The first roll doesn't matter for probability, it just sets the number to be rolled by the other two. So: P(rolling the same number three times) = P(rolling a particular number)2 = (1/6)2 = 1/36
The first number doesn't matter, just that the last three are the same as the first. P(rolling the same as the number before) = 1/6 P(rolling the same number as the first three times = (1/6)3 = 1/216
The theoretical probability of rolling a 5 on a standard six sided die is one in six. It does not matter how many times you roll it, however, if you roll it 300 times, the theoretical probability is that you would roll a 5 fifty times.
The probability of rolling a six with a standard die five times in a row is (1 in 6)5 which equals 1 in 7776 or about 0.0001286.
The probability of rolling doubles with 2 dice is 1 in 6, or about 0.1667. The probability of doing that 100 times in a row is 0.1667100 or about 1.531x10-78.
The probability of rolling an odd number is 3/6 (or rather, 1/2), so the probability of rolling an odd number three times in a row is 1/2^3 is 1/8 or 12.5%.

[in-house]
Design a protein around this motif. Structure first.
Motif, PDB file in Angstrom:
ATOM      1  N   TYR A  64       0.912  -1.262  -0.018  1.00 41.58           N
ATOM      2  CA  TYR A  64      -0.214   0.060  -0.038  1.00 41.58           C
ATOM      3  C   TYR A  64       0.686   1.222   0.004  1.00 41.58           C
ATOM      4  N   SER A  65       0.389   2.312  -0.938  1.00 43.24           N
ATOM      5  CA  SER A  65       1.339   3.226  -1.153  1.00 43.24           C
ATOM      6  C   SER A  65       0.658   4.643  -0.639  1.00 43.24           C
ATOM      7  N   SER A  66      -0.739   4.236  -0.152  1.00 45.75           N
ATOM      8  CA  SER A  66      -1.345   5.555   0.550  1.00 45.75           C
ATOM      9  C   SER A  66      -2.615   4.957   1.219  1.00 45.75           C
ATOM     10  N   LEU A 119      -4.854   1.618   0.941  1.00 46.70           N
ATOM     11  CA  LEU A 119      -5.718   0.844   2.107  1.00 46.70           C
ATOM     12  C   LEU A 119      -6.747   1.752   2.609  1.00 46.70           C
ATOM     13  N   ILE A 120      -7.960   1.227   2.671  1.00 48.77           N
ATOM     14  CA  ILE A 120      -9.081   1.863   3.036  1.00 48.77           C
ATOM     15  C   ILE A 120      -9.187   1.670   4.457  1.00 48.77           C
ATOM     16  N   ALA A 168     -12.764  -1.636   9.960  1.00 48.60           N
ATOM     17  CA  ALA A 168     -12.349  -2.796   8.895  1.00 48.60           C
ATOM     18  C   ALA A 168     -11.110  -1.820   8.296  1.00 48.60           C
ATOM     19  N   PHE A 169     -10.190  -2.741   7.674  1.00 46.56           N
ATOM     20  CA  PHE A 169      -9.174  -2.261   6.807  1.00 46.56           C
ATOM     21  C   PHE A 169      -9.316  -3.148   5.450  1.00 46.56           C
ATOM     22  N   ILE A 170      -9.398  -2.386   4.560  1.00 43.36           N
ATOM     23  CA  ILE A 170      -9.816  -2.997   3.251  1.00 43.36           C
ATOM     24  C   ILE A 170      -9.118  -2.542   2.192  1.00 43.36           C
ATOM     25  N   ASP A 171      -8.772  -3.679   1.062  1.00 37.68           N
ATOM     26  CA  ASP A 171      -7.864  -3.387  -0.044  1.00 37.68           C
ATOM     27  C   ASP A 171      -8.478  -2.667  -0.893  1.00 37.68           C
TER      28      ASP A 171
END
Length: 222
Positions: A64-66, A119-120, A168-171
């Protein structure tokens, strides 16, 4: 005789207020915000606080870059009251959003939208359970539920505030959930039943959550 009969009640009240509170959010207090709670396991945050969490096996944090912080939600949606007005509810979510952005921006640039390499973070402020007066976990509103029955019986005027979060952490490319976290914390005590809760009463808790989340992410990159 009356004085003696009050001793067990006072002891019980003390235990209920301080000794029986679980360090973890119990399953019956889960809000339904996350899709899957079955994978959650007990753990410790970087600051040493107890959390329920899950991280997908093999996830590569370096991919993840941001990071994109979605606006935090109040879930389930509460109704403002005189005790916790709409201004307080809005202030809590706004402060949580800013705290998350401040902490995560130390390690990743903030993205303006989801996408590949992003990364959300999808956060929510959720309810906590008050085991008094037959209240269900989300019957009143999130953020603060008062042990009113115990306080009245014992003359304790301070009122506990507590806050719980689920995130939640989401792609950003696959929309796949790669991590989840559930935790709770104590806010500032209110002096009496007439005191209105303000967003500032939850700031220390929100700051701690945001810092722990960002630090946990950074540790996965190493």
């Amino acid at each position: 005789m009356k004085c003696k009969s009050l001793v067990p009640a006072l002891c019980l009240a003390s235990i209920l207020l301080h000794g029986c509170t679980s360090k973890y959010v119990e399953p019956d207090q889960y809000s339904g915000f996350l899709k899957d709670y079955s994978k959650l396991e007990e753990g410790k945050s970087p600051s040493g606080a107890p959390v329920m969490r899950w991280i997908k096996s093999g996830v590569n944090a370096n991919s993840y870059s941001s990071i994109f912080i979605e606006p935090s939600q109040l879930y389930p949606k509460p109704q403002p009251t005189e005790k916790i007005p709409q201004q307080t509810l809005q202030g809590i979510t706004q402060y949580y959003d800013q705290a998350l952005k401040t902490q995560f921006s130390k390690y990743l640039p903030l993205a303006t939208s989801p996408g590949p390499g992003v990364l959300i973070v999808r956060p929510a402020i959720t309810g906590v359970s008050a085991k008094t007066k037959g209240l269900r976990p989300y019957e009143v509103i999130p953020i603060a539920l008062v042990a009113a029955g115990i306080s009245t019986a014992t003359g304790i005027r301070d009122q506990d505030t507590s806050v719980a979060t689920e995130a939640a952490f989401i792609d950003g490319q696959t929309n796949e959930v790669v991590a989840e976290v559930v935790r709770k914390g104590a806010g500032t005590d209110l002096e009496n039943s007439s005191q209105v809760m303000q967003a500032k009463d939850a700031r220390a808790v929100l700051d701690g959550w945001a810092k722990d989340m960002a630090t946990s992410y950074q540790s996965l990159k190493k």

The probability of rolling a six is one in six. The probability of rolling three consecutive sixes is one in 216. (1/6 x 1/6 x 1/6 = 1/216)
The probability is 1/6 x 5=5/12
1 out of 100
The answer depends on how many times in total the dice are rolled. As the total number of rolls increases, the probability rolling a 6 and 4 three times in a row increases towards 1.
Assuming that the die is a "normal" one (it has the numbers 1 to 6 and that it is fair), then the probability of rolling six three times in a row is 1/6*1/6*1/6 = 1/216 = 0.00463 The probability of rolling six three times in a row eventually is 1 (ie a certainty).
Probability is a number between 0 and 1. The probability of an event cannot be 12.
There are two possibilities for rolling three once, so the probability of this even is 2/36 or 1/18. Since each roll is an independent event, the total probability is: P(rolling three three times) = (1/18)3 = 1/5832